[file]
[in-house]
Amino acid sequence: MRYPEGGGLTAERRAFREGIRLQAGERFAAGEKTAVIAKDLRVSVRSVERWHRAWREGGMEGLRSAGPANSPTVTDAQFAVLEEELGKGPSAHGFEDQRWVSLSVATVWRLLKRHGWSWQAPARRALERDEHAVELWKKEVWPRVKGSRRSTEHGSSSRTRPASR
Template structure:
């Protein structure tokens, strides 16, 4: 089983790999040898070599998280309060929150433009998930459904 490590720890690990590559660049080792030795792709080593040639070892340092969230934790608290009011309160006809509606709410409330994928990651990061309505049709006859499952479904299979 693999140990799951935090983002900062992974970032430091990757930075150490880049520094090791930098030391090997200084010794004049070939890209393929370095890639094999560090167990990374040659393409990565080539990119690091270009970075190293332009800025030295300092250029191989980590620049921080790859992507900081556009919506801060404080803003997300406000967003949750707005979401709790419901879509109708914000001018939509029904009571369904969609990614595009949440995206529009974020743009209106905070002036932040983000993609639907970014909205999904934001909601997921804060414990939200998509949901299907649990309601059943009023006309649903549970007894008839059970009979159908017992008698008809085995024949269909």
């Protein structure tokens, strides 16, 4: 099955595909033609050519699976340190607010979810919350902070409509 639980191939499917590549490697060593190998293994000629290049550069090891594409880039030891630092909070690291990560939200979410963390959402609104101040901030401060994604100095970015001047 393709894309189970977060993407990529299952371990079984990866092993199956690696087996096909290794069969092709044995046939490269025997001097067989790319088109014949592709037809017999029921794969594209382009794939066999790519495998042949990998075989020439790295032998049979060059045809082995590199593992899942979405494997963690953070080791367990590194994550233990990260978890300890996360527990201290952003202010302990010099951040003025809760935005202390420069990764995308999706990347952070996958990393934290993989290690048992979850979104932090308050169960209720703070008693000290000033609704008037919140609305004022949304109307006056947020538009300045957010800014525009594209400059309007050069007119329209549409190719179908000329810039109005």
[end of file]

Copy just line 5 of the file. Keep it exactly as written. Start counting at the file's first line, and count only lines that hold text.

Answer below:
């Protein structure tokens, strides 16, 4: 099955595909033609050519699976340190607010979810919350902070409509 639980191939499917590549490697060593190998293994000629290049550069090891594409880039030891630092909070690291990560939200979410963390959402609104101040901030401060994604100095970015001047 393709894309189970977060993407990529299952371990079984990866092993199956690696087996096909290794069969092709044995046939490269025997001097067989790319088109014949592709037809017999029921794969594209382009794939066999790519495998042949990998075989020439790295032998049979060059045809082995590199593992899942979405494997963690953070080791367990590194994550233990990260978890300890996360527990201290952003202010302990010099951040003025809760935005202390420069990764995308999706990347952070996958990393934290993989290690048992979850979104932090308050169960209720703070008693000290000033609704008037919140609305004022949304109307006056947020538009300045957010800014525009594209400059309007050069007119329209549409190719179908000329810039109005």